Since my friend got in to grad school, I let the restaurant know this and the menus wished her congratulations on top, which is a wonderful touch. For my 1st course, I had the grilled shrimp on roasted onions with mango-mint salsa and she had the crab, mango and avocado tower. My shrimp were three perfectly grilled pieces on sweet roasted onions, which I could have made a meal of. The salsa had cilantro in it, which I don't really like but it wasn't overpowering and did not detract from the dish. The crab, mango, avocado dish was also great, with fresh lump crab playing off the creamy avocado and the sharper mango.

2nd course was tempura soft-shell crab with pecans and mustard fruit for me and the boudin on a tangle of greens for her. I've never had mustard fruit before, it looked almost like a piece of candied kiwi to me and after one bite, I was in heaven. The candied sweetness of the fruit was a great foil for the salty, crunchy soft-shell. The dish also came with a caraway-flecked slaw, which was simple but good. The boudin was excellent, with small spicy peppercorns throughout.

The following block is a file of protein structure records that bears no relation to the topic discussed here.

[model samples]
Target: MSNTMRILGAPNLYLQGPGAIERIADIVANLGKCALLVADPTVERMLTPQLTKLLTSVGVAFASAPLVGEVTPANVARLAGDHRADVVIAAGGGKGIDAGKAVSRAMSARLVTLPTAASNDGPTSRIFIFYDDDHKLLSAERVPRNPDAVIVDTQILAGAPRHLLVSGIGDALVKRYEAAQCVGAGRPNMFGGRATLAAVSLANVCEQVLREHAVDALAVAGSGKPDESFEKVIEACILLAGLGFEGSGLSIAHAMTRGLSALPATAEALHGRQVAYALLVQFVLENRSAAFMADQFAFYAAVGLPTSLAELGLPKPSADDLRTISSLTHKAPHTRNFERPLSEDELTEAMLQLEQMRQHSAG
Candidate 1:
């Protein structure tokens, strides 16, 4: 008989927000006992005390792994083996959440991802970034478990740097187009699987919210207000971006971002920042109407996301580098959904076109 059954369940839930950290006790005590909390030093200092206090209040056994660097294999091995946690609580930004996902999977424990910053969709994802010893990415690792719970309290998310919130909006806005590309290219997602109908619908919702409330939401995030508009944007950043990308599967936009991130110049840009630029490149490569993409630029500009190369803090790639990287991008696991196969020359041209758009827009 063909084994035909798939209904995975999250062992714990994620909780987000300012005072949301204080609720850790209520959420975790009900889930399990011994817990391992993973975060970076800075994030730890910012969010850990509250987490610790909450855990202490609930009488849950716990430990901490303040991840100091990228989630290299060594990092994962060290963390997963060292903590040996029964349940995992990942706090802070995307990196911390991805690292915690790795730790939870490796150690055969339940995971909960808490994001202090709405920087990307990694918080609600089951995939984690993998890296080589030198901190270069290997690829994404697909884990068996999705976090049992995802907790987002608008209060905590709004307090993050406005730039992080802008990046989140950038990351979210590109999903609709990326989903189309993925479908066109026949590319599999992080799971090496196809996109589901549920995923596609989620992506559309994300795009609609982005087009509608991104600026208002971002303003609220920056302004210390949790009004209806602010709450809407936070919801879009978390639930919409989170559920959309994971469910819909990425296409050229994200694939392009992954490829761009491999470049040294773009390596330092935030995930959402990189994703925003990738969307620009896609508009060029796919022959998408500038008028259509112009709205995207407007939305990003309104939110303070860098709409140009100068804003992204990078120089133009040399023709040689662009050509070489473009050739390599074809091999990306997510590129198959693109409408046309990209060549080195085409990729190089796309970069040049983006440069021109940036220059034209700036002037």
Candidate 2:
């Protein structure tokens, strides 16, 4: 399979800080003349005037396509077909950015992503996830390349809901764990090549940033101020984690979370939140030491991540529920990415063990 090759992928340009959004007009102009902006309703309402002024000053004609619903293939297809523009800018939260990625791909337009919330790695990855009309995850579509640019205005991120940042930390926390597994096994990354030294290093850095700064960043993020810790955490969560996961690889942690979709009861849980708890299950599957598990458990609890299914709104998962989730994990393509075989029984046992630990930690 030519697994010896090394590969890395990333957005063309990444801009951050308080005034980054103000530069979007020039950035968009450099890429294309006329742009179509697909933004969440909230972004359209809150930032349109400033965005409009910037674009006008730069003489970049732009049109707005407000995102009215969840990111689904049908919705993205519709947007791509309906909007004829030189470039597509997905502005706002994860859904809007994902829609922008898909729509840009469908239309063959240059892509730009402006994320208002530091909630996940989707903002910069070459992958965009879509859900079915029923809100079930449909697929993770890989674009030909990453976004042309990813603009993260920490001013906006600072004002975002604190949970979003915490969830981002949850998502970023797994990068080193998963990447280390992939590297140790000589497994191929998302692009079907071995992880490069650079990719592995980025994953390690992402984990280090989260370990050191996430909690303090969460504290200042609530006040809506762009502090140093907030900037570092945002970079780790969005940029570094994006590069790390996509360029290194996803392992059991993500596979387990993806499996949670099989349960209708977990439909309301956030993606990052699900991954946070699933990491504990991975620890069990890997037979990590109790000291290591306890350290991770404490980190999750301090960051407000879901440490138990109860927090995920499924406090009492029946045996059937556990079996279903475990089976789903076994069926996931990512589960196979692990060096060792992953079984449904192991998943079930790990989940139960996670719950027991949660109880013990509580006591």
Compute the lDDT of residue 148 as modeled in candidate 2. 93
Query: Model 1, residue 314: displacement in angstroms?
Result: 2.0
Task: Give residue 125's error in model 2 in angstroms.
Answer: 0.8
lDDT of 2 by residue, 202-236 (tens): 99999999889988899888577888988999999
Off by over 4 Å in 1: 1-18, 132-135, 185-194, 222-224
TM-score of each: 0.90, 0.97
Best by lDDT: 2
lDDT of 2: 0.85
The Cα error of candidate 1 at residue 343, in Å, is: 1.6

Main dish for me was the roasted lobster with orzo, grapefruit, spinach and citrus butter sauce, and angus tenderloin with red wine risotto, morrels and fiddlehead ferns for her. The lobster was by far my favorite dish, with the sweet citrus and butter sauce...I could have licked the plate it was so good. Two perfect claws and the tail, cooked just so, on top of a scattering of orzo. The bitterness of the greens was a nice addition, and cut through the sweet, richness of the sauce. The angus tenderloin was also great, cooked perfectly medium rare and the risotto still with a bit of bite to it.